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Brazilian investors buy Miami real estate. Haitian earthquake survivors attend South Florida schools. It's clear what happens in Latin America and the Caribbean has a profound effect on South Florida.WLRN’s coverage of the region is headed by Americas editor Tim Padgett, a 23-year veteran of TIME and Newsweek magazines.He joins a team of reporters and editors at the Miami Herald, El Nuevo Herald and NPR to cover a region whose cultural wealth, environmental complexity, vast agricultural output and massive oil reserves offer no shortage of important and fascinating stories to tell.

How Drug Traffickers Are Returning To The Caribbean

Petty Officer 3rd Class Jon-Paul Rios / U.S. COAST GUARD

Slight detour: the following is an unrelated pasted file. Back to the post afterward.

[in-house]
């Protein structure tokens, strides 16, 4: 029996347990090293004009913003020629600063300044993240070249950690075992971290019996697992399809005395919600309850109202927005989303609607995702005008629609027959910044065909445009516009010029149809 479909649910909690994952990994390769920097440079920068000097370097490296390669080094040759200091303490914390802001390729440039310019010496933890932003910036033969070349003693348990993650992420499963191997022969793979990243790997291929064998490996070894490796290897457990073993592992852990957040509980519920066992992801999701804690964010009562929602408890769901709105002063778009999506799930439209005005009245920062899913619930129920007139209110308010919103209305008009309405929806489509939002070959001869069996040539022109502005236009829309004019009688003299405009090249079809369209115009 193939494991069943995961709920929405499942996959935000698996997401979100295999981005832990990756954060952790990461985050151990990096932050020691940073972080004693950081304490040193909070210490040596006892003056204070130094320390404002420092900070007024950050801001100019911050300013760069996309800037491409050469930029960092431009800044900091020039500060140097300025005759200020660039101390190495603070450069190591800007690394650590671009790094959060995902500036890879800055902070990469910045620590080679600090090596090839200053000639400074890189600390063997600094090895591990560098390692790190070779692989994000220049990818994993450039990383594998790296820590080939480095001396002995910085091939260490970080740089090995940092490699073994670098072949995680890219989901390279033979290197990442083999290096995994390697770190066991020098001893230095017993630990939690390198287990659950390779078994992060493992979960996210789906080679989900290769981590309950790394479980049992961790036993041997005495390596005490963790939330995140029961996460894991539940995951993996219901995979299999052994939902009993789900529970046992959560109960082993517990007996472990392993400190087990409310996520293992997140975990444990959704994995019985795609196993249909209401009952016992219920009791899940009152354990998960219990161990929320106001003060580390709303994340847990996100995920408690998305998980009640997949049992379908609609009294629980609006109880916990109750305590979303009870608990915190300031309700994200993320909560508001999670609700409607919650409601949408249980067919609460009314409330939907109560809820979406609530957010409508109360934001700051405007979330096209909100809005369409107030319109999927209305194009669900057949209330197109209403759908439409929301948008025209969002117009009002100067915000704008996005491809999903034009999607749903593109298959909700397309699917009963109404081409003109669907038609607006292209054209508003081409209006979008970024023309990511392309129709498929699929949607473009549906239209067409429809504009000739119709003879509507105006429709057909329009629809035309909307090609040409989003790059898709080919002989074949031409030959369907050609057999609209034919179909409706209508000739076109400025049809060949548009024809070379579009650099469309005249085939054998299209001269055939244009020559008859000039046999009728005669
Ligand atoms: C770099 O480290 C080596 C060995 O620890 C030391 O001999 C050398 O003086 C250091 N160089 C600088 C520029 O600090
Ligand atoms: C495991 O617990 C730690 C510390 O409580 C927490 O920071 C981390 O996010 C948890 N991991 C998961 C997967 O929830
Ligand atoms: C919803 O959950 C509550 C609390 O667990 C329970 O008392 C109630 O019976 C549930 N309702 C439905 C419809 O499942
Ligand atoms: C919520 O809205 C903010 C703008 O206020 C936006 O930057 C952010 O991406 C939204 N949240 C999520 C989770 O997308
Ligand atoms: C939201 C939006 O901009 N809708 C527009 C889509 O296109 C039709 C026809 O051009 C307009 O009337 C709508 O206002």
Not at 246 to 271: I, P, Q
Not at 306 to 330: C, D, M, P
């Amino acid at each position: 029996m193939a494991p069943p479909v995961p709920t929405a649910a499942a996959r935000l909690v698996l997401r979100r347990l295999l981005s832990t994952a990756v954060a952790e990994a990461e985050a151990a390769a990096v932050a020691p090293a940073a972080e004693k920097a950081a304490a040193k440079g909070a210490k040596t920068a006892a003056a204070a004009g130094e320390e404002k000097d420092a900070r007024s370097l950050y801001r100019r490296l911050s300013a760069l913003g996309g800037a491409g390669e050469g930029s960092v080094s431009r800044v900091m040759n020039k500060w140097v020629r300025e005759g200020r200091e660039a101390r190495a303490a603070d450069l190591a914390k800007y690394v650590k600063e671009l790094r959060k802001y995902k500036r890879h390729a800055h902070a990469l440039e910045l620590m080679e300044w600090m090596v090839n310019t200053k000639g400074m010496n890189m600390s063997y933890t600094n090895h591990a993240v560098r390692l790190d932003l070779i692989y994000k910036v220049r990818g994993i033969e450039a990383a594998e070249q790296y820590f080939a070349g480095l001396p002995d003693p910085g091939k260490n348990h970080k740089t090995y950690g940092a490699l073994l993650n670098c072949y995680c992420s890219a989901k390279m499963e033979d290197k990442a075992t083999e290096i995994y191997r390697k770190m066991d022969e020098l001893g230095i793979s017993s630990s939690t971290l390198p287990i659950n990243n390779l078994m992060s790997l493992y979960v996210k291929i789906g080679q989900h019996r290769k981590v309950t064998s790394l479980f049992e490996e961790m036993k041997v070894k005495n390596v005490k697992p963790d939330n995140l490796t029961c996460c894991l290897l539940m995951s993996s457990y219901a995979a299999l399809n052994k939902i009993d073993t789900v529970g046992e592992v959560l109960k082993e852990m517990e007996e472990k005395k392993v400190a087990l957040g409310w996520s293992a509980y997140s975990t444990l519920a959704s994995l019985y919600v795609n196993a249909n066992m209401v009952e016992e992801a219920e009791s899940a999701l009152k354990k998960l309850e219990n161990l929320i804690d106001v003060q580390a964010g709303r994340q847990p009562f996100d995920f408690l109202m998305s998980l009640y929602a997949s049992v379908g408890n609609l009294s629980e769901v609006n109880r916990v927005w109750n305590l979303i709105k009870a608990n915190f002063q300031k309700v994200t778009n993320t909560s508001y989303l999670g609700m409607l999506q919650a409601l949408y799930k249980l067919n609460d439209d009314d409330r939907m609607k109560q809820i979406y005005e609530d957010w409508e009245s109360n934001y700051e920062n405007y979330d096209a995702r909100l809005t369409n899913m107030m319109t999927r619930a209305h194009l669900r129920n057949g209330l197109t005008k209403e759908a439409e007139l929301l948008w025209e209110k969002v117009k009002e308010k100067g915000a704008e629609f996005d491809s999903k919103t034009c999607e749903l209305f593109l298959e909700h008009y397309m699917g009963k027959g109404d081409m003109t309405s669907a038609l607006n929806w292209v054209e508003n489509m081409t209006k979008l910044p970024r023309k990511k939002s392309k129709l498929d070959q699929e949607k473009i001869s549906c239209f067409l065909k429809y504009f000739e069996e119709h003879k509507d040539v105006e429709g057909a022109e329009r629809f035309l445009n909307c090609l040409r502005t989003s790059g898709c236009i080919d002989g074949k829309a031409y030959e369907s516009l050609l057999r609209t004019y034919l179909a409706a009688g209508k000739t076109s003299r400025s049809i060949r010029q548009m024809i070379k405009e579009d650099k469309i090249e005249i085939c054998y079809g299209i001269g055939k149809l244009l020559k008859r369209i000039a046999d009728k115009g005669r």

More of the cocaine smuggled to the United States is passing through the Caribbean, officials said, representing a shift in which drug traffickers are returning to a region they largely abandoned decades ago.

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A full 14 percent of cocaine bound for the U.S. was trafficked through the Caribbean in the first half of 2013, double the 7 percent that came through the region during the same period a year earlier, according to the U.S. Drug Enforcement Agency.

“What we’re seeing is that traffickers are increasing the amount of cocaine in each” shipment, said Vito S. Guarino, special agent in charge of the DEA’s Caribbean division, based in Puerto Rico. “This is a shift toward the Caribbean. . . . And the picture we’re looking at right now will be the picture for the next few years.”

Underscoring Guarino’s point, the FBI on Tuesday said it had dismantled one of the most powerful gangs to operate in the Caribbean over the past two decades. The Puerto Rico-based drug trafficking group allegedly moved drugs from the Dominican Republic to users in the United States, earning more than $100 million along the way. Twenty-seven suspects were arrested.

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